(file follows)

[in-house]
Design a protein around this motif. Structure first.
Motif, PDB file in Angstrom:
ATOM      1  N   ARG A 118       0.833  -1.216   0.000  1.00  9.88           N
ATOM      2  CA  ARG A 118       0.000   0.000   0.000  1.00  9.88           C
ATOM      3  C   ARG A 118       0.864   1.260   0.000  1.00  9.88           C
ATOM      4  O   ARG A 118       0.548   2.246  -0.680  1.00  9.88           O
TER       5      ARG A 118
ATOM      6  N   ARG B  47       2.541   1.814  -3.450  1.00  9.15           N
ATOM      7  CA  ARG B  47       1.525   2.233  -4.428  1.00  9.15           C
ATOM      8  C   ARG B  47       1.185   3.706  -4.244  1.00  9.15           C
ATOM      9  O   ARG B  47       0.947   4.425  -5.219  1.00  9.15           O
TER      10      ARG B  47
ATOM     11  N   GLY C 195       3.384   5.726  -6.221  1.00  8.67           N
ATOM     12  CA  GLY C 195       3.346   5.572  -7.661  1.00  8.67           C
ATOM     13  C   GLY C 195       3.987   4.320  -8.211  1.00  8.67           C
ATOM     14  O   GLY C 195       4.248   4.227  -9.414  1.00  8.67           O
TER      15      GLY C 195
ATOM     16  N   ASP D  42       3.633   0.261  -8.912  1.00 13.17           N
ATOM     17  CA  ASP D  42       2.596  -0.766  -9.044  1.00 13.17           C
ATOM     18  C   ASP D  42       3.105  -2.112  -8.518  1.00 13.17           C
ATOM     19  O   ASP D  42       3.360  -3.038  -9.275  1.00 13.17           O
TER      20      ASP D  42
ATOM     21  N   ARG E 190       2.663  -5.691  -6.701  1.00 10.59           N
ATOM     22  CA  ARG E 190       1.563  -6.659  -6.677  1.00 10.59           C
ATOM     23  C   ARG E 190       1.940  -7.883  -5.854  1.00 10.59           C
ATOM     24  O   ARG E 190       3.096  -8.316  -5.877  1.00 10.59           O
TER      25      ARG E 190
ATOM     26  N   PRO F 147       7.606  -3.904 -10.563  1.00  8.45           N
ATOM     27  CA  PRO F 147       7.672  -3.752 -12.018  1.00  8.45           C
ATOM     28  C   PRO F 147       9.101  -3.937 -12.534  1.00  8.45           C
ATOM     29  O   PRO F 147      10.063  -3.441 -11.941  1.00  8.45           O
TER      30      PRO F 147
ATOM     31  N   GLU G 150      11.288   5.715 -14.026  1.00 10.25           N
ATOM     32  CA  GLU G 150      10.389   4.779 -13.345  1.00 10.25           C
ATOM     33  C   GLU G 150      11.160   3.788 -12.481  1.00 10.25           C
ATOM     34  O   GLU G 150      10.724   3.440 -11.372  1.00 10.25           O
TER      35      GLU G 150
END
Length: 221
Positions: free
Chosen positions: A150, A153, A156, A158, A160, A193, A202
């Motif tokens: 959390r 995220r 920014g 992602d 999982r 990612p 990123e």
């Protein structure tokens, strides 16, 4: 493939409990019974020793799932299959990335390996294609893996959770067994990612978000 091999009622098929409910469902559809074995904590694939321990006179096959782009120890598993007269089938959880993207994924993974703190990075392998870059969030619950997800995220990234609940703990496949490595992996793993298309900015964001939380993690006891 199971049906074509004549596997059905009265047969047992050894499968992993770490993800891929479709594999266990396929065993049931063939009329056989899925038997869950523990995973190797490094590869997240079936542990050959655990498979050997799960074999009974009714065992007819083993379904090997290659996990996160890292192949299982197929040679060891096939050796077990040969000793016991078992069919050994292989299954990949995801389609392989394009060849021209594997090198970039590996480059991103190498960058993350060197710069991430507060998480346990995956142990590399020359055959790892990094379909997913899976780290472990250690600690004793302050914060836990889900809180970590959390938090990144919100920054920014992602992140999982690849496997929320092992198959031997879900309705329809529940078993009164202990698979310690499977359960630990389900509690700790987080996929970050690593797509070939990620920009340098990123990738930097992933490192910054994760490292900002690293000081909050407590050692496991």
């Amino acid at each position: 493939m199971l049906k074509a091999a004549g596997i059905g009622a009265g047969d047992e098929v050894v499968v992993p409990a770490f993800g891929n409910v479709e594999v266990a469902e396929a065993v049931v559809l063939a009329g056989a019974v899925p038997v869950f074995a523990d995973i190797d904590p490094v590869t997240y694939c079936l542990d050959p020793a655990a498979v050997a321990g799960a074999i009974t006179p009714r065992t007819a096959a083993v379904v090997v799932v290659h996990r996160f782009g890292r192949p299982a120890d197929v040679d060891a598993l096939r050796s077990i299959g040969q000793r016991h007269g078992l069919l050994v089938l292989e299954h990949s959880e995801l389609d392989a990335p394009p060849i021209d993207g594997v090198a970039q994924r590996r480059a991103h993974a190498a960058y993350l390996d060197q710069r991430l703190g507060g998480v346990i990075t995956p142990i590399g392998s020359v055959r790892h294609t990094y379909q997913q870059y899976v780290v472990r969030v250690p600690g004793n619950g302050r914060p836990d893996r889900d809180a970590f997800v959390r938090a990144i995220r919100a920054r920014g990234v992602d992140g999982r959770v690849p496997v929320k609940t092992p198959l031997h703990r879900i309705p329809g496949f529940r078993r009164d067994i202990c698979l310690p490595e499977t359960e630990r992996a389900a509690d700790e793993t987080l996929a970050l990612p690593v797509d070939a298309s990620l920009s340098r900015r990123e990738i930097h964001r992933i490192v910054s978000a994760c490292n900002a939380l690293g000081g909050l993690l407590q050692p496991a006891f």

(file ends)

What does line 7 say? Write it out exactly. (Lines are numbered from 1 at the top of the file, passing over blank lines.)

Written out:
ATOM      4  O   ARG A 118       0.548   2.246  -0.680  1.00  9.88           O